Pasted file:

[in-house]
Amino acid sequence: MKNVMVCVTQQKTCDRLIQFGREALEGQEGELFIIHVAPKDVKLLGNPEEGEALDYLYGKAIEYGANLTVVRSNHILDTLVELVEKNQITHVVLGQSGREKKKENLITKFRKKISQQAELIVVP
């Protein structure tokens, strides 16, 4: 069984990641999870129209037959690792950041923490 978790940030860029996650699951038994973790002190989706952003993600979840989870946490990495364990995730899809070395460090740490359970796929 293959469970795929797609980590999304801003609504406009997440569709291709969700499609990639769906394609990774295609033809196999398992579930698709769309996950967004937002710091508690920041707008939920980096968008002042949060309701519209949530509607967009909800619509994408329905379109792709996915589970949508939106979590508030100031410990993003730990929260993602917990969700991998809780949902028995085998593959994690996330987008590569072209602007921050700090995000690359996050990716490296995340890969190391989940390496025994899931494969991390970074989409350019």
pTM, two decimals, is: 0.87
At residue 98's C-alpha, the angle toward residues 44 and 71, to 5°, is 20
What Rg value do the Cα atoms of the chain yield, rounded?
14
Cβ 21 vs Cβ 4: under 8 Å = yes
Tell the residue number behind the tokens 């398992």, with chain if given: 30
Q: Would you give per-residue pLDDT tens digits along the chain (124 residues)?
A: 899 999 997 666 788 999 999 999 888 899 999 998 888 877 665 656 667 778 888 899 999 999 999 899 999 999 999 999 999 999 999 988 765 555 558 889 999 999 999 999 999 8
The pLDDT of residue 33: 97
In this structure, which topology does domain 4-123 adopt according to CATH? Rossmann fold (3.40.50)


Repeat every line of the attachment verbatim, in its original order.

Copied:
[in-house]
Amino acid sequence: MKNVMVCVTQQKTCDRLIQFGREALEGQEGELFIIHVAPKDVKLLGNPEEGEALDYLYGKAIEYGANLTVVRSNHILDTLVELVEKNQITHVVLGQSGREKKKENLITKFRKKISQQAELIVVP
């Protein structure tokens, strides 16, 4: 069984990641999870129209037959690792950041923490 978790940030860029996650699951038994973790002190989706952003993600979840989870946490990495364990995730899809070395460090740490359970796929 293959469970795929797609980590999304801003609504406009997440569709291709969700499609990639769906394609990774295609033809196999398992579930698709769309996950967004937002710091508690920041707008939920980096968008002042949060309701519209949530509607967009909800619509994408329905379109792709996915589970949508939106979590508030100031410990993003730990929260993602917990969700991998809780949902028995085998593959994690996330987008590569072209602007921050700090995000690359996050990716490296995340890969190391989940390496025994899931494969991390970074989409350019």
pTM, two decimals, is: 0.87
At residue 98's C-alpha, the angle toward residues 44 and 71, to 5°, is 20
What Rg value do the Cα atoms of the chain yield, rounded?
14
Cβ 21 vs Cβ 4: under 8 Å = yes
Tell the residue number behind the tokens 């398992």, with chain if given: 30
Q: Would you give per-residue pLDDT tens digits along the chain (124 residues)?
A: 899 999 997 666 788 999 999 999 888 899 999 998 888 877 665 656 667 778 888 899 999 999 999 899 999 999 999 999 999 999 999 988 765 555 558 889 999 999 999 999 999 8
The pLDDT of residue 33: 97
In this structure, which topology does domain 4-123 adopt according to CATH? Rossmann fold (3.40.50)